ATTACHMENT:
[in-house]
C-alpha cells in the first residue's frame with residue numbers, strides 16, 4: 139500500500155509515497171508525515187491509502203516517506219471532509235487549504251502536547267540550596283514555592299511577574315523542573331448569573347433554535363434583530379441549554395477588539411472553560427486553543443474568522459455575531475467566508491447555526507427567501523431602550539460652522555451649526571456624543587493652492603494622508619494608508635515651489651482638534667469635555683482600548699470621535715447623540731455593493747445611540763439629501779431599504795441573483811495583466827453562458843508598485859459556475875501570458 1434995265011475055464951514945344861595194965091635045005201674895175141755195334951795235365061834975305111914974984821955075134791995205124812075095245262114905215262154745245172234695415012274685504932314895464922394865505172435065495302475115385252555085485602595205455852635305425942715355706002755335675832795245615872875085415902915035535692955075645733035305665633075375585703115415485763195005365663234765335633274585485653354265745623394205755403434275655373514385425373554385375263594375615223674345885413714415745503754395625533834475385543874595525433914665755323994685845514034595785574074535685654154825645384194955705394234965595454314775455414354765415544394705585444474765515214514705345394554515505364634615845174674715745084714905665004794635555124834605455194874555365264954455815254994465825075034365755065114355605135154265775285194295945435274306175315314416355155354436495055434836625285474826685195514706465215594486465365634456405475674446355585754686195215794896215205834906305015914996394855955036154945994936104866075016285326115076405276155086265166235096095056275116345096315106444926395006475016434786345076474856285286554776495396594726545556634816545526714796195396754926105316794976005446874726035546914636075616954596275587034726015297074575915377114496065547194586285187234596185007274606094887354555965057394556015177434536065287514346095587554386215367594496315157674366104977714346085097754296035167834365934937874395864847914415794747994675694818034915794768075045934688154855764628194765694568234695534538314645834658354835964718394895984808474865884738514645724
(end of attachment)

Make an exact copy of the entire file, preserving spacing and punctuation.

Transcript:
[in-house]
C-alpha cells in the first residue's frame with residue numbers, strides 16, 4: 139500500500155509515497171508525515187491509502203516517506219471532509235487549504251502536547267540550596283514555592299511577574315523542573331448569573347433554535363434583530379441549554395477588539411472553560427486553543443474568522459455575531475467566508491447555526507427567501523431602550539460652522555451649526571456624543587493652492603494622508619494608508635515651489651482638534667469635555683482600548699470621535715447623540731455593493747445611540763439629501779431599504795441573483811495583466827453562458843508598485859459556475875501570458 1434995265011475055464951514945344861595194965091635045005201674895175141755195334951795235365061834975305111914974984821955075134791995205124812075095245262114905215262154745245172234695415012274685504932314895464922394865505172435065495302475115385252555085485602595205455852635305425942715355706002755335675832795245615872875085415902915035535692955075645733035305665633075375585703115415485763195005365663234765335633274585485653354265745623394205755403434275655373514385425373554385375263594375615223674345885413714415745503754395625533834475385543874595525433914665755323994685845514034595785574074535685654154825645384194955705394234965595454314775455414354765415544394705585444474765515214514705345394554515505364634615845174674715745084714905665004794635555124834605455194874555365264954455815254994465825075034365755065114355605135154265775285194295945435274306175315314416355155354436495055434836625285474826685195514706465215594486465365634456405475674446355585754686195215794896215205834906305015914996394855955036154945994936104866075016285326115076405276155086265166235096095056275116345096315106444926395006475016434786345076474856285286554776495396594726545556634816545526714796195396754926105316794976005446874726035546914636075616954596275587034726015297074575915377114496065547194586285187234596185007274606094887354555965057394556015177434536065287514346095587554386215367594496315157674366104977714346085097754296035167834365934937874395864847914415794747994675694818034915794768075045934688154855764628194765694568234695534538314645834658354835964718394895984808474865884738514645724